Breast Surgery


If you are in need of breast surgery, you’ll find great comfort in the skills and expertise of our surgical team. They have years of experience, excellent training and backgrounds—and they all share a common purpose of bringing their patients highly personalized, masterful care.

To read more about our surgical team, click on the biographies below: 

Karen Karsif, MD, FACS

Thomas L. Facelle, MD, FACS

William M. Goumas, MD, FACS

Rakesh Shreedhar, MD, FRCS, FACS


Offering the Latest Technology and Techniques


Good Samaritan Hospital's surgeons utilize a new tool to detect lingering cancer cells during breast surgery.   The MarginProbe® improves our surgeons’ ability to identify in the operating room “Cancers on the Margins” – reducing risk of additional surgical intervention following lumpectomy.

During breast-conserving surgery, our surgeons remove the cancer along with a border of healthy tissue to ensure no cancer cells remain. Our surgeons plan treatment with the goal of leaving as much of the breast intact as possible. Doctors can evaluate the tissue margins at the time of surgery with a device called a MarginProbe. This consists of a probe that uses electromagnetic waves to examine the surface of the tumor after it is removed and a console that analyzes the probe’s measurements. This information helps doctors determine if the tissue margin contains cancer cells. If cancer cells are present, more surgery may be needed. MarginProbe® was up to three times more effective in finding additional cancer on the margins of tumorous tissue as traditional methods, such as inspecting and imaging the tissue. This leads to a significant decrease in re-excision surgery and overall patient satisfaction.  


Good Samaritan Hospital’s New Revolutionary Procedure Makes Breast Reconstruction Easier After Cancer

The Center for Breast Health at Good Samaritan Hospital in Suffern, NY is the ONLY hospital in Rockland and Orange Counties to offer AirXpanders AeroForm® Technology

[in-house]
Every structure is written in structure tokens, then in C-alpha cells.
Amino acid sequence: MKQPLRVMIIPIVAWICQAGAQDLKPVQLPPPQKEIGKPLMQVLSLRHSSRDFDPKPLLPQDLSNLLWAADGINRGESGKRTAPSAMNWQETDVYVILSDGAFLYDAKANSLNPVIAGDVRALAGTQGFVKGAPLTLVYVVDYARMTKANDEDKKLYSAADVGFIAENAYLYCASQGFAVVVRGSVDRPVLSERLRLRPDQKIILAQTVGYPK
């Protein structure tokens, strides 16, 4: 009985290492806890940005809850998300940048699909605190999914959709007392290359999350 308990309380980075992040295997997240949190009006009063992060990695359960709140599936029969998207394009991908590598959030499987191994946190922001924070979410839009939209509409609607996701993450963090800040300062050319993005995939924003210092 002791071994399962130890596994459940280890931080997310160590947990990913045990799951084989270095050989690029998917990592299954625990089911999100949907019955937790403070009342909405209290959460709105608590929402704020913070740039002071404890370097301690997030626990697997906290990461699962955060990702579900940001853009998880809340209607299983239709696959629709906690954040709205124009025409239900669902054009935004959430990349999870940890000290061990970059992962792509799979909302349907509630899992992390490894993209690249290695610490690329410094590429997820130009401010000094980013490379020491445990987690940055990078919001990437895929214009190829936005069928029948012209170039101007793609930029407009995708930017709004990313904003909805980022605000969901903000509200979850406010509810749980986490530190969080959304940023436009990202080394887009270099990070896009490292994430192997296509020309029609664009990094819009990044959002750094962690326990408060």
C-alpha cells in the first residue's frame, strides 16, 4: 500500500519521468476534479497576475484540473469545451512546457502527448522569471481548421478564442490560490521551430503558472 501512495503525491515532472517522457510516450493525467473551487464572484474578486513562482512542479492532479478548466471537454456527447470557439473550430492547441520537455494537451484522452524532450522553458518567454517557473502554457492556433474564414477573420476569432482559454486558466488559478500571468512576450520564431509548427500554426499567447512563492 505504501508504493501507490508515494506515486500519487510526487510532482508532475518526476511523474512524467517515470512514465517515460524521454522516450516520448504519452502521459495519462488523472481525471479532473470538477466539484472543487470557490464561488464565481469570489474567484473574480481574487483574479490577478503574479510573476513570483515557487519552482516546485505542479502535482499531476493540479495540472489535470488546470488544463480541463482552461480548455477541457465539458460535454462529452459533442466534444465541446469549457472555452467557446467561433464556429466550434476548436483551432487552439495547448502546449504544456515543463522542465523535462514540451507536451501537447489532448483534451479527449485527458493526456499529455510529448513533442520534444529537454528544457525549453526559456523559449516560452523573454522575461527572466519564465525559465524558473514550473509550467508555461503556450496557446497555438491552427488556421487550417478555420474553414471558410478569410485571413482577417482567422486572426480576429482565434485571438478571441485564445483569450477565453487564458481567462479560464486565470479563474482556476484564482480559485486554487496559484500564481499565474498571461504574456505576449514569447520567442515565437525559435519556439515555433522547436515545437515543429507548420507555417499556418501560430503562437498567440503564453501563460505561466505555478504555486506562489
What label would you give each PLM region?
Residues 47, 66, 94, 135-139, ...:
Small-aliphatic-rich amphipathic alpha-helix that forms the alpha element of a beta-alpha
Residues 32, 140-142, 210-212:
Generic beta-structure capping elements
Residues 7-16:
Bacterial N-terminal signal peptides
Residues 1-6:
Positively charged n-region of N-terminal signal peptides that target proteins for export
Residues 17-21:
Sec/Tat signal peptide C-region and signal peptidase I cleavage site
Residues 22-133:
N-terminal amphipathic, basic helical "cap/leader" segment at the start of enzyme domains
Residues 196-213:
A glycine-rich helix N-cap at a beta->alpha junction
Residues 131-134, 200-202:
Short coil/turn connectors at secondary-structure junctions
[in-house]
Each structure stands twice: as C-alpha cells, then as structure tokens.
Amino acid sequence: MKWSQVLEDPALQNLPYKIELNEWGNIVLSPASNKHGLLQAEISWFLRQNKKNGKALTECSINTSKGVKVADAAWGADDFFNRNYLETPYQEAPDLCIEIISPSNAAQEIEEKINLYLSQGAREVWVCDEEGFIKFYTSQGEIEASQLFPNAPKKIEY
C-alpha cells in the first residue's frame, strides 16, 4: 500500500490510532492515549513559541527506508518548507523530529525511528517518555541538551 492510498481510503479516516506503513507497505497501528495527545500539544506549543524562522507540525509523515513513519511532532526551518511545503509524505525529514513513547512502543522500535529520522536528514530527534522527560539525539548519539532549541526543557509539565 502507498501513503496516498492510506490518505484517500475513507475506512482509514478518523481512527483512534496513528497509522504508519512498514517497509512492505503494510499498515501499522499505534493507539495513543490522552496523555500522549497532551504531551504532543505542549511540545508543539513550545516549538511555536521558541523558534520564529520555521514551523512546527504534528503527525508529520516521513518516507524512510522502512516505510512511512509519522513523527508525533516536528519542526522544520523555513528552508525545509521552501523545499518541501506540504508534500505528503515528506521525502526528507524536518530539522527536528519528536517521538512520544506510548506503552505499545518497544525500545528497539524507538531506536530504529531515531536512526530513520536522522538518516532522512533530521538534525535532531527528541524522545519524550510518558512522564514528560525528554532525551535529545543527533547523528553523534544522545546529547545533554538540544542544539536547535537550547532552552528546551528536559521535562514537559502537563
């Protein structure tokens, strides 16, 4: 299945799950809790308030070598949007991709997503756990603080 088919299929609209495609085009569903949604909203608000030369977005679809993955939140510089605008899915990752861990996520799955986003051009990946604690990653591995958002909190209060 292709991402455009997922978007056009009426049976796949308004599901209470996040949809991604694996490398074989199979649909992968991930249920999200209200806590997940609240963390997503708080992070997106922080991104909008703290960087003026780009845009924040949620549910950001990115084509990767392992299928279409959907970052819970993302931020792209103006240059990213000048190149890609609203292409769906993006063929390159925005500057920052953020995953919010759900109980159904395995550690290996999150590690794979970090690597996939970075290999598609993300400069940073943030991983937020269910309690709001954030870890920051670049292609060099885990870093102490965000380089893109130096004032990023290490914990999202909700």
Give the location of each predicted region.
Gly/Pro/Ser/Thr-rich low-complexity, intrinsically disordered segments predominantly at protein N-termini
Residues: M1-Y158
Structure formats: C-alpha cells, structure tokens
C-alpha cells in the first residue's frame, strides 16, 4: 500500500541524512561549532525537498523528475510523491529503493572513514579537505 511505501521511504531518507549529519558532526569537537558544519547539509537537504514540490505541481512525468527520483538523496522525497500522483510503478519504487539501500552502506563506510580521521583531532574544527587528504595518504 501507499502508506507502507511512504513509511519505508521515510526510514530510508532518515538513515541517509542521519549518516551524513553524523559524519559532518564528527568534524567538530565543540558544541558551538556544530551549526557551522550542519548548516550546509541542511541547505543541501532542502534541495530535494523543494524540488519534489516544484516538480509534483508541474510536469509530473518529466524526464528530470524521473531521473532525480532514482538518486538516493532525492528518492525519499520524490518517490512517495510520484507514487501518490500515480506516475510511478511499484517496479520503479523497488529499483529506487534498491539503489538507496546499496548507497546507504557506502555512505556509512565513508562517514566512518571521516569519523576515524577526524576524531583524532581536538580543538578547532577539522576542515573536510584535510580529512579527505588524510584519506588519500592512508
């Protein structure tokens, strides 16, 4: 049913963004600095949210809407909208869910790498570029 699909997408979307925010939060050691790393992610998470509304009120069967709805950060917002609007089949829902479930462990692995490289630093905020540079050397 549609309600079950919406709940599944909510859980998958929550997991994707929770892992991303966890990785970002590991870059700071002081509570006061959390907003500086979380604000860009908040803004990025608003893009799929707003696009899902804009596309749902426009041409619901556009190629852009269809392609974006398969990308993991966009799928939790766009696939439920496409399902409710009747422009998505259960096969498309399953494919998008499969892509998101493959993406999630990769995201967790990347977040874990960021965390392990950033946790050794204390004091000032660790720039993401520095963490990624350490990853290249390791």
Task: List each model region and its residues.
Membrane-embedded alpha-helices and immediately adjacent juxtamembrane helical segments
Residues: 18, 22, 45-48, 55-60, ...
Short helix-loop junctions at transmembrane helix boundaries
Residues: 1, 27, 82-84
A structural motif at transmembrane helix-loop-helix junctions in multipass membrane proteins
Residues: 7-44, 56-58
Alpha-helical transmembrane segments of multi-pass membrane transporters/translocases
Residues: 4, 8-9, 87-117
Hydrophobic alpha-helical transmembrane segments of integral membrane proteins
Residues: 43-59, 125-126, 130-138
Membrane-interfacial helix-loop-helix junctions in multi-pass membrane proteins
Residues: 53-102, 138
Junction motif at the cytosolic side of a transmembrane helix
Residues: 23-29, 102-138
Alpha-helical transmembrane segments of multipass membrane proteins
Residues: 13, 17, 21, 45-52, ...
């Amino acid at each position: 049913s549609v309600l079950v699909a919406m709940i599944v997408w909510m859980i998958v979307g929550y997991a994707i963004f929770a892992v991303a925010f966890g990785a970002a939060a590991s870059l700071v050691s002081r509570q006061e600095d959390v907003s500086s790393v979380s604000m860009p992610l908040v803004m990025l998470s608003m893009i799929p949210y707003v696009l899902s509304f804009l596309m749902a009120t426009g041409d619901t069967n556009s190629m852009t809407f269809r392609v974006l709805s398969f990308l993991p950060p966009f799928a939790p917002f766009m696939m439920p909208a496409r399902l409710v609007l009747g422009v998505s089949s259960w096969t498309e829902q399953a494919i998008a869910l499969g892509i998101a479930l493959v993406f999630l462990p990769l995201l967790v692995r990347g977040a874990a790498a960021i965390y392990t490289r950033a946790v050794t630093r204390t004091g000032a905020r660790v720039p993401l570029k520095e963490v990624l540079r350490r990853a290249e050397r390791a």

Good Samaritan Hospital, a member of the Westchester Medical Network (WMCHealth) is now utilizing a new device to prepare patients for reconstructive surgery after breast cancer more quickly, with less pain and fewer visits to the doctor.

The AirXpanders AeroForm® Technology device employs a tissue expander that’s filled with air through a remote that the patient controls unlike the traditional method of saline injections.With one press of the single-touch button, the Controller syncs with the Expander and a dose of of carbon dioxide is released, allowing the Expander to gradually expand.

Caption: The AeroForm Tissue Expander System is comprised of two primary components: the AeroForm Tissue Expander and the AeroForm Dosage Controller.

Traditionally doctors insert a temporary implant during a mastectomy, which is gradually filled with saline over a period of up to several months to expand the skin and muscle of the chest wall to make space for a long-term reconstructive implant. The process requires patients to get repeated injections and make numerous trips to the doctor’s office. The new Aeroform Tissue Expander System lets women do this on their own time outside of a doctor’s office.

Because patients administer the dose themselves, often several times a day, the process is much faster than the traditional method which can take up to six months.  It also allows for the patient to have more control of their breasts’ natural shape.  This technology is cutting-edge and is changing the face of how we address expansion for breast reconstruction in cancer survivors.


    Our Providers

    Karsif, Karen S., MD
    • Breast Surgery
    • General Surgery